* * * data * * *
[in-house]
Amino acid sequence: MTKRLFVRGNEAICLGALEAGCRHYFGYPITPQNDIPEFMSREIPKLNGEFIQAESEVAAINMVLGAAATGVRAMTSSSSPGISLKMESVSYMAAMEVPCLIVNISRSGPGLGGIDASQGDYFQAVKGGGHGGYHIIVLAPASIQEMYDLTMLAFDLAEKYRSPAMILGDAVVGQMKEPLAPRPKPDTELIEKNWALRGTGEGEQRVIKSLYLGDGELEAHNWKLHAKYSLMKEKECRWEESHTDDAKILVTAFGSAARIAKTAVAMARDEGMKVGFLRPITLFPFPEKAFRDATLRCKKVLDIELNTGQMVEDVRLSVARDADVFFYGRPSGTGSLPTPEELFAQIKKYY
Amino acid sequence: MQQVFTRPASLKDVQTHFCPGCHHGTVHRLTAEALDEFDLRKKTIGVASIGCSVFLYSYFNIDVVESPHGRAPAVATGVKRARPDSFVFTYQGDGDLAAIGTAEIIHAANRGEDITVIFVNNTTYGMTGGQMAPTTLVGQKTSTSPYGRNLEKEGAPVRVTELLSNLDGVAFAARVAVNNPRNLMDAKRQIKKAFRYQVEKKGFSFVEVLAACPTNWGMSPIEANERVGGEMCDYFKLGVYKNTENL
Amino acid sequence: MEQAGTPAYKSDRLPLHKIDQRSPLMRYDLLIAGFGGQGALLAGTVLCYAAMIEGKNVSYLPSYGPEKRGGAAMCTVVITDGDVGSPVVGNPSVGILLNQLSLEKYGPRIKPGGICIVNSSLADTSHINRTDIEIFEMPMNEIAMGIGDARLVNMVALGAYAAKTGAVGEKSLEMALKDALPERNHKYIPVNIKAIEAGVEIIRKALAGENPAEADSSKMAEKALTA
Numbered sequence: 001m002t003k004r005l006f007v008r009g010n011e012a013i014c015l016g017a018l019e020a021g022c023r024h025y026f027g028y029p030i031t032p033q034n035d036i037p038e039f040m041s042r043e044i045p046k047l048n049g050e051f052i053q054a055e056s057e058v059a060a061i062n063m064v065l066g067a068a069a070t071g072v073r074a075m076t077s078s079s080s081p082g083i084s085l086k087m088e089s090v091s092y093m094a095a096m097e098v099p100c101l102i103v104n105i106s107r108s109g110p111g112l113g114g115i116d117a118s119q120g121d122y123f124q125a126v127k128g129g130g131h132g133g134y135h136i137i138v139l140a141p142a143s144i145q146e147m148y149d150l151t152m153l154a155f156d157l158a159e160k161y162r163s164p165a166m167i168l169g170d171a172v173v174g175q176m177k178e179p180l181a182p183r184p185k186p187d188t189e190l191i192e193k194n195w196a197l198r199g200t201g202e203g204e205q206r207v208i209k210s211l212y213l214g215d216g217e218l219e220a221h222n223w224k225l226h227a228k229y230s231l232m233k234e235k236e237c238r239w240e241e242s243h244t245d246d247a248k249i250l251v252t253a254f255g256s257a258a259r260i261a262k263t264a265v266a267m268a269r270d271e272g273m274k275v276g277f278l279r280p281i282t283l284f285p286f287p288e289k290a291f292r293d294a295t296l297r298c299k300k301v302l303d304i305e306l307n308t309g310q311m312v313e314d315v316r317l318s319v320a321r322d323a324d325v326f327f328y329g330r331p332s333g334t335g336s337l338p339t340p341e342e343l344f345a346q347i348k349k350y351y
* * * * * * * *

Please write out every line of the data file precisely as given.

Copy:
[in-house]
Amino acid sequence: MTKRLFVRGNEAICLGALEAGCRHYFGYPITPQNDIPEFMSREIPKLNGEFIQAESEVAAINMVLGAAATGVRAMTSSSSPGISLKMESVSYMAAMEVPCLIVNISRSGPGLGGIDASQGDYFQAVKGGGHGGYHIIVLAPASIQEMYDLTMLAFDLAEKYRSPAMILGDAVVGQMKEPLAPRPKPDTELIEKNWALRGTGEGEQRVIKSLYLGDGELEAHNWKLHAKYSLMKEKECRWEESHTDDAKILVTAFGSAARIAKTAVAMARDEGMKVGFLRPITLFPFPEKAFRDATLRCKKVLDIELNTGQMVEDVRLSVARDADVFFYGRPSGTGSLPTPEELFAQIKKYY
Amino acid sequence: MQQVFTRPASLKDVQTHFCPGCHHGTVHRLTAEALDEFDLRKKTIGVASIGCSVFLYSYFNIDVVESPHGRAPAVATGVKRARPDSFVFTYQGDGDLAAIGTAEIIHAANRGEDITVIFVNNTTYGMTGGQMAPTTLVGQKTSTSPYGRNLEKEGAPVRVTELLSNLDGVAFAARVAVNNPRNLMDAKRQIKKAFRYQVEKKGFSFVEVLAACPTNWGMSPIEANERVGGEMCDYFKLGVYKNTENL
Amino acid sequence: MEQAGTPAYKSDRLPLHKIDQRSPLMRYDLLIAGFGGQGALLAGTVLCYAAMIEGKNVSYLPSYGPEKRGGAAMCTVVITDGDVGSPVVGNPSVGILLNQLSLEKYGPRIKPGGICIVNSSLADTSHINRTDIEIFEMPMNEIAMGIGDARLVNMVALGAYAAKTGAVGEKSLEMALKDALPERNHKYIPVNIKAIEAGVEIIRKALAGENPAEADSSKMAEKALTA
Numbered sequence: 001m002t003k004r005l006f007v008r009g010n011e012a013i014c015l016g017a018l019e020a021g022c023r024h025y026f027g028y029p030i031t032p033q034n035d036i037p038e039f040m041s042r043e044i045p046k047l048n049g050e051f052i053q054a055e056s057e058v059a060a061i062n063m064v065l066g067a068a069a070t071g072v073r074a075m076t077s078s079s080s081p082g083i084s085l086k087m088e089s090v091s092y093m094a095a096m097e098v099p100c101l102i103v104n105i106s107r108s109g110p111g112l113g114g115i116d117a118s119q120g121d122y123f124q125a126v127k128g129g130g131h132g133g134y135h136i137i138v139l140a141p142a143s144i145q146e147m148y149d150l151t152m153l154a155f156d157l158a159e160k161y162r163s164p165a166m167i168l169g170d171a172v173v174g175q176m177k178e179p180l181a182p183r184p185k186p187d188t189e190l191i192e193k194n195w196a197l198r199g200t201g202e203g204e205q206r207v208i209k210s211l212y213l214g215d216g217e218l219e220a221h222n223w224k225l226h227a228k229y230s231l232m233k234e235k236e237c238r239w240e241e242s243h244t245d246d247a248k249i250l251v252t253a254f255g256s257a258a259r260i261a262k263t264a265v266a267m268a269r270d271e272g273m274k275v276g277f278l279r280p281i282t283l284f285p286f287p288e289k290a291f292r293d294a295t296l297r298c299k300k301v302l303d304i305e306l307n308t309g310q311m312v313e314d315v316r317l318s319v320a321r322d323a324d325v326f327f328y329g330r331p332s333g334t335g336s337l338p339t340p341e342e343l344f345a346q347i348k349k350y351y